Why is Pizza Crust in New York So Good? It’s the Water!

Posted & filed under Fluoride and Public Health, Fluoride, Oral Health, and Access to Care.

In the aftermath of the Flint, Michigan water crisis, the American public is growing increasingly concerned about the safety of its water.

The process of filtering and disinfecting water, whether from a surface or underground source, is not something most of us generally concern ourselves with.

New York Water SupplyThe New York Times recently published an explanation, including charming illustrations, entitled How New York Gets Its Water. The New York City Bureau of Water Supply, which celebrated 50 years of fluoridation in 2015, serves 9.5 million people. That’s a significant number. So, even if you’re not in, around or from New York, it’s worth a read.

Beginning with the streams, rivers, lakes, and reservoirs that are the source of the City’s water, many miles upstate in the Catskill Mountains, the Bureau takes steps to safeguard not just the water but the land that surrounds it. They constantly monitor and test, using robots and field scientists to track temperature, pH, nutrient and microbial levels. Ultraviolet light supplements other customary disinfectants. A schedule of large-scale system upgrades is being followed.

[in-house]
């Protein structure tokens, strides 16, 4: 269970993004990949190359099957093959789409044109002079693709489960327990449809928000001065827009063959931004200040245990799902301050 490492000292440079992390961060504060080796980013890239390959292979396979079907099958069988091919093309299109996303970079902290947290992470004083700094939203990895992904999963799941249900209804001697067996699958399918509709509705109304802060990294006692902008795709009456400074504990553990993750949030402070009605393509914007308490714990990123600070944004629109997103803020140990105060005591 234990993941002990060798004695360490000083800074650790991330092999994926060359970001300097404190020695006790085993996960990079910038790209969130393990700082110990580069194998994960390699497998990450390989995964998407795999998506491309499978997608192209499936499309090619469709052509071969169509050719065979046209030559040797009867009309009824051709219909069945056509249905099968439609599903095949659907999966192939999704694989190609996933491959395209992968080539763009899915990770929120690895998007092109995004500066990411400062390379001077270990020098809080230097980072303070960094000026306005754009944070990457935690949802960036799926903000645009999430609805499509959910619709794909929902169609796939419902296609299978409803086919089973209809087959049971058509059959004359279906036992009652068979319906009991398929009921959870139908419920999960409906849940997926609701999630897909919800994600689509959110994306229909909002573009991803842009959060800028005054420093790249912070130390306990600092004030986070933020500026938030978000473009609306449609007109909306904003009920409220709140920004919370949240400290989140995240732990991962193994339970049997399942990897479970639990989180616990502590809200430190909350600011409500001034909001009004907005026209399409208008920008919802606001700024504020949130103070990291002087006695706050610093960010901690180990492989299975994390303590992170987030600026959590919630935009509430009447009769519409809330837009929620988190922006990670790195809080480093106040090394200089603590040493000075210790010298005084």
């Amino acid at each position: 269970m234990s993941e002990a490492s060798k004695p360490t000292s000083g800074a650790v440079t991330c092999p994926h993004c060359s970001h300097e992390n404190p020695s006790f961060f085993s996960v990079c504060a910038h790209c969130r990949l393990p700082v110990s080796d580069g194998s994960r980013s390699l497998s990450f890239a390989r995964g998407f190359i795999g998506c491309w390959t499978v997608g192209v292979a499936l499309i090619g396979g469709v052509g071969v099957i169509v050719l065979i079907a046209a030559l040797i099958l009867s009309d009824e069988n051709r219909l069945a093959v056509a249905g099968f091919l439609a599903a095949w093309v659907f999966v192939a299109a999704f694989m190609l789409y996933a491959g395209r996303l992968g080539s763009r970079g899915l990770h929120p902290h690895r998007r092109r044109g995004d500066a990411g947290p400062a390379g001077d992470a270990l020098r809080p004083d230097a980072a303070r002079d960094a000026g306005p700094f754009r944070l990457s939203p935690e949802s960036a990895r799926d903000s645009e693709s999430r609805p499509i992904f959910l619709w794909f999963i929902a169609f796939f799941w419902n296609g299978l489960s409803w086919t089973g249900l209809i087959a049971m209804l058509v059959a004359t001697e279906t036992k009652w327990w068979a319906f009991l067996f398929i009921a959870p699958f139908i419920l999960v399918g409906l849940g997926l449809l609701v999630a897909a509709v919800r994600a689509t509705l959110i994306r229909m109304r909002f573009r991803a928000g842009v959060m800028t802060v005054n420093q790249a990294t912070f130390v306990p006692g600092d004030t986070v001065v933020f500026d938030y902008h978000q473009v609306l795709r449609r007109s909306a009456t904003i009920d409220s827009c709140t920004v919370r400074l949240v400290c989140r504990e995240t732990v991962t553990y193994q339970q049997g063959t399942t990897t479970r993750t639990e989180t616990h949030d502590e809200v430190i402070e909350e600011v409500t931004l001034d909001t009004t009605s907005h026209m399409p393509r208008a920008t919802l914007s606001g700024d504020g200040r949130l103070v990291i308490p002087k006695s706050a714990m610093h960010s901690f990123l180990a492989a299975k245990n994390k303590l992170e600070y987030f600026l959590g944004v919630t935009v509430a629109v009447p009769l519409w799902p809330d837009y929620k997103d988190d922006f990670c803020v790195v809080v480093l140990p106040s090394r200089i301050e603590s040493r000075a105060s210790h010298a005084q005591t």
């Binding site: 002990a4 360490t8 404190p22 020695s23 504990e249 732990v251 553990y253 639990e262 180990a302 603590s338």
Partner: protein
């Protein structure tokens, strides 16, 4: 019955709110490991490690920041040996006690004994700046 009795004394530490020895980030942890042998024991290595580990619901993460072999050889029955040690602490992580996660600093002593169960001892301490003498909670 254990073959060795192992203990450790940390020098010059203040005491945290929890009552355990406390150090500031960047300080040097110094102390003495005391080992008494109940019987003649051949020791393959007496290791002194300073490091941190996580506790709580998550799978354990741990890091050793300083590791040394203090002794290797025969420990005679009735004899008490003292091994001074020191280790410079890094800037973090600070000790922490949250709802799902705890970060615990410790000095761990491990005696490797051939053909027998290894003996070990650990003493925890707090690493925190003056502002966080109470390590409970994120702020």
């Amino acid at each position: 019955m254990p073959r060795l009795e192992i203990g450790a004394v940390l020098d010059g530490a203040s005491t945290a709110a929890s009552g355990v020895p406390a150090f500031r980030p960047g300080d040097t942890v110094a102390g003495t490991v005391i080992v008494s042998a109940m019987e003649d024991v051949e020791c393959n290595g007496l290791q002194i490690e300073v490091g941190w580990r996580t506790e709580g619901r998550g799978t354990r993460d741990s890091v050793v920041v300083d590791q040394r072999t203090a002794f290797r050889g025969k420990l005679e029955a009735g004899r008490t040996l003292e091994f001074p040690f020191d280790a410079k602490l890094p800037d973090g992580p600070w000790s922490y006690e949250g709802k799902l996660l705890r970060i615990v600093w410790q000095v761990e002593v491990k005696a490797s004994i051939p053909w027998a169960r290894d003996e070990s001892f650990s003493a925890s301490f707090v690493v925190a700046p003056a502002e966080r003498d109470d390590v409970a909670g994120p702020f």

Once water is distributed to the 5 boroughs that make up New York City, testing for contaminants, including lead, continues. Every day, field scientists visit 50 of the 1,000 water sampling stations in the metropolitan area to check levels of chemicals that prevent the kind of pipe corrosion that caused lead to leach into the water in Flint.

Even without an illustrated depiction of your local water filtration process, here’s an easy way to find information on the quality of your local water supply.